Britain Tuesday named a top foreign ministry official as the new head of GCHQ, the electronic eavesdropping agency that came under scrutiny after leaks by former US analyst Edward Snowden.
Robert Hannigan, currently the director of defence and intelligence at the Foreign Office, will replace Iain Lobban, who was in the post for six years.
Lobban's departure was announced in January, although the government denied it was related to revelations by fugitive National Security Agency contractor Snowden.
The Snowden leaks showed Government Communications Headquarters - a giant doughnut-shaped building in Cheltenham in southwest England - was a key player in covert US surveillance operations worldwide.
Foreign Secretary William Hague said he was "delighted" by the appointment, and that Hannigan "brings to the job a wealth of relevant experience in the fields of national security, counter-terrorism and international relations."
Hannigan was former PM Tony Blair's chief advisor during the Northern Ireland peace process, and was the prime ministerial security adviser from 2007 until 2010, when he took up his current position at the Foreign Office.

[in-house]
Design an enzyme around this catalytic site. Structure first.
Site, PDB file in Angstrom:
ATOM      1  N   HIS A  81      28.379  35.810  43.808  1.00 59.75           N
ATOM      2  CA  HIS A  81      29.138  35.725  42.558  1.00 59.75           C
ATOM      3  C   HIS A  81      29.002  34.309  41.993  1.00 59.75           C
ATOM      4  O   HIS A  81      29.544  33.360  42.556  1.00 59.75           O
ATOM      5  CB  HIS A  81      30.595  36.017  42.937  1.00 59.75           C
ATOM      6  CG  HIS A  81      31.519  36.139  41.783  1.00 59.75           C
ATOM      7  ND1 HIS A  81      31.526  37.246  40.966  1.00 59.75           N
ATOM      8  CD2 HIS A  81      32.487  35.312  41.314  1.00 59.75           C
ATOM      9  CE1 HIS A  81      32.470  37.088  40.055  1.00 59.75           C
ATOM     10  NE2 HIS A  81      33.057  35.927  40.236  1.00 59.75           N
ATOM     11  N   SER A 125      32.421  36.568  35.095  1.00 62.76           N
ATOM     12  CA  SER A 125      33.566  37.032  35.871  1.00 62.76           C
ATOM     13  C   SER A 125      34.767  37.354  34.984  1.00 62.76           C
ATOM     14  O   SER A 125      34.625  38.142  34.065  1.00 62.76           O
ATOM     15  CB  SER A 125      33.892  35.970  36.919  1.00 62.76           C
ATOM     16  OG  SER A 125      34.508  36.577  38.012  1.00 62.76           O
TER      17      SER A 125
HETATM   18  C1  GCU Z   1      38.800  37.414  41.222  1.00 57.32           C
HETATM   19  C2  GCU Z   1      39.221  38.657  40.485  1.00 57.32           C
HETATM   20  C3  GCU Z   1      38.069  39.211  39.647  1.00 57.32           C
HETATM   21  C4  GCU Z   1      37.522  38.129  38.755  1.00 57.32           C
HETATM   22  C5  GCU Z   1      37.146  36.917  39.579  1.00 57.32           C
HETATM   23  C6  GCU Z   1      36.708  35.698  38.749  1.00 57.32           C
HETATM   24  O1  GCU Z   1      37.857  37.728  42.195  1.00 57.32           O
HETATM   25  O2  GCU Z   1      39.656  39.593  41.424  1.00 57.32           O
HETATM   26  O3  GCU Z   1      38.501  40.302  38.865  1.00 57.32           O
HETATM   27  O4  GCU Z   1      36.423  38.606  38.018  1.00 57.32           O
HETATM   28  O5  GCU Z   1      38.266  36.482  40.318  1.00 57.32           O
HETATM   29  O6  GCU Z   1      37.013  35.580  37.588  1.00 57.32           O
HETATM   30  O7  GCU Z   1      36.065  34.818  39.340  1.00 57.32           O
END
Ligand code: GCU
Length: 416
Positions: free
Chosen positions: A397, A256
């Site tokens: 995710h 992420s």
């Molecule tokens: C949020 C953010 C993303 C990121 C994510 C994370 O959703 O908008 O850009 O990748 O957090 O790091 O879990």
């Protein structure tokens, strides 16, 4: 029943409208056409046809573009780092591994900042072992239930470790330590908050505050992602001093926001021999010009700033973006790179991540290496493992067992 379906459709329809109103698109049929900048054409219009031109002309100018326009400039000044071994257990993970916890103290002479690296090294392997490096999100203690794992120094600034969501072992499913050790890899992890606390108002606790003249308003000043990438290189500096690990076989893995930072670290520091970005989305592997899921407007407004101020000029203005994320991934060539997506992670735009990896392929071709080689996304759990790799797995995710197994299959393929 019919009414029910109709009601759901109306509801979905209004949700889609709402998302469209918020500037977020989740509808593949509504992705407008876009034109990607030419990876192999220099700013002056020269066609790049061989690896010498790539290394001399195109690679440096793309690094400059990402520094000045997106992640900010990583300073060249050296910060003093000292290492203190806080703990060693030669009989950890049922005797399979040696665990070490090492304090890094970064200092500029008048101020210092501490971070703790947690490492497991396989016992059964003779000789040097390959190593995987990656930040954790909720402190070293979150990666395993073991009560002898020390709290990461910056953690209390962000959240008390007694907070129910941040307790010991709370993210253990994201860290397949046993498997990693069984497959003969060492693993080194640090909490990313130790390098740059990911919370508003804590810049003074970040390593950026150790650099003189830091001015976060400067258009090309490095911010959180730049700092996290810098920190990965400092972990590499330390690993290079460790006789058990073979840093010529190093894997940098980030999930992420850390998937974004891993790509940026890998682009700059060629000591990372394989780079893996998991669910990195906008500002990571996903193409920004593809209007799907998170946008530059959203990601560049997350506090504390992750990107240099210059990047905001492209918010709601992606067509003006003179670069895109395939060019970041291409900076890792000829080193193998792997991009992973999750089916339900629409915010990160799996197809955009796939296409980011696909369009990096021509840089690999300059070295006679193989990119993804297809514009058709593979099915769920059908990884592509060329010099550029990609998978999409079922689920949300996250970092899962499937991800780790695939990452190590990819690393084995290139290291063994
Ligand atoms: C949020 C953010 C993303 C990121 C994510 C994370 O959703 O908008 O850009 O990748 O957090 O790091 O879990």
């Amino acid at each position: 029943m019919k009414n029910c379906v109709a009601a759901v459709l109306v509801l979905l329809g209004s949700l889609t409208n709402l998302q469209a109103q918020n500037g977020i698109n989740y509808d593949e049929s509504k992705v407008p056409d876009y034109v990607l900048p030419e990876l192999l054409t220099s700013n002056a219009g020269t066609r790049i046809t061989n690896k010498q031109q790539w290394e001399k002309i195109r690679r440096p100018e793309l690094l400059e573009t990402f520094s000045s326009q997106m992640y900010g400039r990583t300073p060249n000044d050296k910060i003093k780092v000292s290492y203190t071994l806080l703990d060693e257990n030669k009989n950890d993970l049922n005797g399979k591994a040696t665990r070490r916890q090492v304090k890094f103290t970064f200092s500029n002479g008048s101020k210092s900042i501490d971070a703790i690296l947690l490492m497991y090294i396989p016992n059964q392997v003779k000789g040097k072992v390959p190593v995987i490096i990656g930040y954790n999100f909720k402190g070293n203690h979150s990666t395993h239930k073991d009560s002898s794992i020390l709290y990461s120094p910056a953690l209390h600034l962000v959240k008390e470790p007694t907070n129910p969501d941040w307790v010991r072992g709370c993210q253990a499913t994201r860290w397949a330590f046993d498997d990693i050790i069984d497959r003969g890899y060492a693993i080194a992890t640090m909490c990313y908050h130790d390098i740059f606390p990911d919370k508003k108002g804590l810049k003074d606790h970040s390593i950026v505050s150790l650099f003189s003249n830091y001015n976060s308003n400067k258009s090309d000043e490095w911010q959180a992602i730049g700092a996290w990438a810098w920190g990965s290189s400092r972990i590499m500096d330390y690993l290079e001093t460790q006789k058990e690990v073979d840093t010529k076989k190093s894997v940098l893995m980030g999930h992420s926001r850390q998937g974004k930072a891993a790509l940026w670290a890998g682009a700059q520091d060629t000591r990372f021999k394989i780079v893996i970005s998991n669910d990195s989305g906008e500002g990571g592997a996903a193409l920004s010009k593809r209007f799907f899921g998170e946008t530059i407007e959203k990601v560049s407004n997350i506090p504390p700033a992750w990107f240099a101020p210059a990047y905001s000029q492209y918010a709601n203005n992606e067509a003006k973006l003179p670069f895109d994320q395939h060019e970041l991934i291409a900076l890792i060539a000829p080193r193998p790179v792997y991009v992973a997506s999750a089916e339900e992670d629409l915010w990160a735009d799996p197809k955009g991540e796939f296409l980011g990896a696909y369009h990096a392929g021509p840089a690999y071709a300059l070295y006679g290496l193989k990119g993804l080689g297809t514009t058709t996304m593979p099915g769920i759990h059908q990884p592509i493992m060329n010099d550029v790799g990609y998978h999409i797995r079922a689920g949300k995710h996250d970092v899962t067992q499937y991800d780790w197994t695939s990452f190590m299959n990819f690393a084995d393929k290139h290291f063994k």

Hannigan said it was a "privilege to be asked to lead GCHQ, an organisation which is so central to keeping the people of this country safe" and said he was "excited about meeting the challenges of the coming years".
"I have great respect for the integrity and professionalism of the staff of GCHQ and for what they have achieved under the outstanding leadership of Iain Lobban," he said.
His challenges will include shoring up GCHQ's reputation after the Snowden revelations.
One of the leaks revealed that Britain was running a secret Internet monitoring station in the Middle East, intercepting phone calls and online traffic, with the information processed and passed to GCHQ and then accessible by the United States.
According to Snowden, it has also tapped into more than 200 fibre-optic telecommunications cables, some of them transatlantic, and was handling 600 million "telephone events" each day.
When called to appear before a parliamentary committee last November, Lobban insisted the agency was not conducting mass snooping on the British public.
"We do not spend our time listening to the telephone calls or reading the e-mails of the majority," he said.
It was the first time a head of GCHQ had given evidence in public.